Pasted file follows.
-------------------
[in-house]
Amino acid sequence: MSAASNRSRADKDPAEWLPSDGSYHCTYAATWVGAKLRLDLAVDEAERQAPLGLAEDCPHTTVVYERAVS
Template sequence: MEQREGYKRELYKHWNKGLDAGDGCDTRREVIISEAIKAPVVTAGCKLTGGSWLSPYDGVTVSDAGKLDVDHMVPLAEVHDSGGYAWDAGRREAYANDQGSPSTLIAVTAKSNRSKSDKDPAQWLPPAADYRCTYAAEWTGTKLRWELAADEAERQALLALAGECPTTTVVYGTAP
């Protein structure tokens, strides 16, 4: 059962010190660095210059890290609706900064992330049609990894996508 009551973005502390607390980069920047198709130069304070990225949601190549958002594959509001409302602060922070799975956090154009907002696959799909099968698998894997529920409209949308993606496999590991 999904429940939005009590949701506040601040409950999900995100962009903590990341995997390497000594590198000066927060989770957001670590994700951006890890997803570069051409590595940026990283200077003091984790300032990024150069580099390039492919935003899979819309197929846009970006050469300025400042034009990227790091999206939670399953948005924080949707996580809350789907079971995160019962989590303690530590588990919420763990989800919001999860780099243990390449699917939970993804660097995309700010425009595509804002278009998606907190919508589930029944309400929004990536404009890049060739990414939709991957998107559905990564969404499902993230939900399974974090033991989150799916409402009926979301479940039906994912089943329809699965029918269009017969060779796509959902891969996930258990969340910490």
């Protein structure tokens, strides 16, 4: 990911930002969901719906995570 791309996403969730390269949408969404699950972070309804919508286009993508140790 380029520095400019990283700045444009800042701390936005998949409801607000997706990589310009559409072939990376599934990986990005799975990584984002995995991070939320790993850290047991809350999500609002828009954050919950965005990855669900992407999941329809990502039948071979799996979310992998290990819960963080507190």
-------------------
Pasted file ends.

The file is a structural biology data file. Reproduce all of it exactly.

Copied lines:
[in-house]
Amino acid sequence: MSAASNRSRADKDPAEWLPSDGSYHCTYAATWVGAKLRLDLAVDEAERQAPLGLAEDCPHTTVVYERAVS
Template sequence: MEQREGYKRELYKHWNKGLDAGDGCDTRREVIISEAIKAPVVTAGCKLTGGSWLSPYDGVTVSDAGKLDVDHMVPLAEVHDSGGYAWDAGRREAYANDQGSPSTLIAVTAKSNRSKSDKDPAQWLPPAADYRCTYAAEWTGTKLRWELAADEAERQALLALAGECPTTTVVYGTAP
């Protein structure tokens, strides 16, 4: 059962010190660095210059890290609706900064992330049609990894996508 009551973005502390607390980069920047198709130069304070990225949601190549958002594959509001409302602060922070799975956090154009907002696959799909099968698998894997529920409209949308993606496999590991 999904429940939005009590949701506040601040409950999900995100962009903590990341995997390497000594590198000066927060989770957001670590994700951006890890997803570069051409590595940026990283200077003091984790300032990024150069580099390039492919935003899979819309197929846009970006050469300025400042034009990227790091999206939670399953948005924080949707996580809350789907079971995160019962989590303690530590588990919420763990989800919001999860780099243990390449699917939970993804660097995309700010425009595509804002278009998606907190919508589930029944309400929004990536404009890049060739990414939709991957998107559905990564969404499902993230939900399974974090033991989150799916409402009926979301479940039906994912089943329809699965029918269009017969060779796509959902891969996930258990969340910490």
């Protein structure tokens, strides 16, 4: 990911930002969901719906995570 791309996403969730390269949408969404699950972070309804919508286009993508140790 380029520095400019990283700045444009800042701390936005998949409801607000997706990589310009559409072939990376599934990986990005799975990584984002995995991070939320790993850290047991809350999500609002828009954050919950965005990855669900992407999941329809990502039948071979799996979310992998290990819960963080507190």